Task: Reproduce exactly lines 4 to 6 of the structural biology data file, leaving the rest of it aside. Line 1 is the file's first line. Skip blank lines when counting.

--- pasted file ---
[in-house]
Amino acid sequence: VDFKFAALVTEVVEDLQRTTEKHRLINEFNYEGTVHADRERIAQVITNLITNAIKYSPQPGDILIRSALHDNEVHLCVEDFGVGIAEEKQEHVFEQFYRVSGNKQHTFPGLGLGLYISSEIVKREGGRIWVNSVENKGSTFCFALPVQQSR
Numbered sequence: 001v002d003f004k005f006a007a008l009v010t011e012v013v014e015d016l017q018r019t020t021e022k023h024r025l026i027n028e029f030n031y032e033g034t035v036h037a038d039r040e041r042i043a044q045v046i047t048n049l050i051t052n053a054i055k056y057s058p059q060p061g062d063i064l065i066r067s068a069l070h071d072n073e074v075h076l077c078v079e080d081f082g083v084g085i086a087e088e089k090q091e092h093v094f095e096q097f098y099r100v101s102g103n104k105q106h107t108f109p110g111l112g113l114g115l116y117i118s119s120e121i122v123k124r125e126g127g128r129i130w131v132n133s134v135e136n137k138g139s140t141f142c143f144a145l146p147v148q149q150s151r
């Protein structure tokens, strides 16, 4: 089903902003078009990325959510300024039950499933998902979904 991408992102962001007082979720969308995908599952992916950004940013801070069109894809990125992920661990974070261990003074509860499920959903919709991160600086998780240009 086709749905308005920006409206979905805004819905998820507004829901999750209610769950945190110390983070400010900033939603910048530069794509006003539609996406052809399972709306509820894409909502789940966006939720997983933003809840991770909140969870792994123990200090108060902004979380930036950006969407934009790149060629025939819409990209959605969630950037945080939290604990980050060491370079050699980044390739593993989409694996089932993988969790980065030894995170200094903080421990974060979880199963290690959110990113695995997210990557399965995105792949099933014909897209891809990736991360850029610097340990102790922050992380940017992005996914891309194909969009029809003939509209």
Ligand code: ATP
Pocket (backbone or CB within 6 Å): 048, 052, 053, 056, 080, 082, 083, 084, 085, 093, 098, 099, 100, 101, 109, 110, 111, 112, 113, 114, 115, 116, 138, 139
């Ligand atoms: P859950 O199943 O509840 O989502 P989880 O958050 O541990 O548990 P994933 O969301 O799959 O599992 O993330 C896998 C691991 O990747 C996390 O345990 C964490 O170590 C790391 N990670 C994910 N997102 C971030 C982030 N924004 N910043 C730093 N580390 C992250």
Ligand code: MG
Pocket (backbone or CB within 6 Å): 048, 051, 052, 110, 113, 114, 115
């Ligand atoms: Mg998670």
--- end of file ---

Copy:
């Protein structure tokens, strides 16, 4: 089903902003078009990325959510300024039950499933998902979904 991408992102962001007082979720969308995908599952992916950004940013801070069109894809990125992920661990974070261990003074509860499920959903919709991160600086998780240009 086709749905308005920006409206979905805004819905998820507004829901999750209610769950945190110390983070400010900033939603910048530069794509006003539609996406052809399972709306509820894409909502789940966006939720997983933003809840991770909140969870792994123990200090108060902004979380930036950006969407934009790149060629025939819409990209959605969630950037945080939290604990980050060491370079050699980044390739593993989409694996089932993988969790980065030894995170200094903080421990974060979880199963290690959110990113695995997210990557399965995105792949099933014909897209891809990736991360850029610097340990102790922050992380940017992005996914891309194909969009029809003939509209």
Ligand code: ATP
Pocket (backbone or CB within 6 Å): 048, 052, 053, 056, 080, 082, 083, 084, 085, 093, 098, 099, 100, 101, 109, 110, 111, 112, 113, 114, 115, 116, 138, 139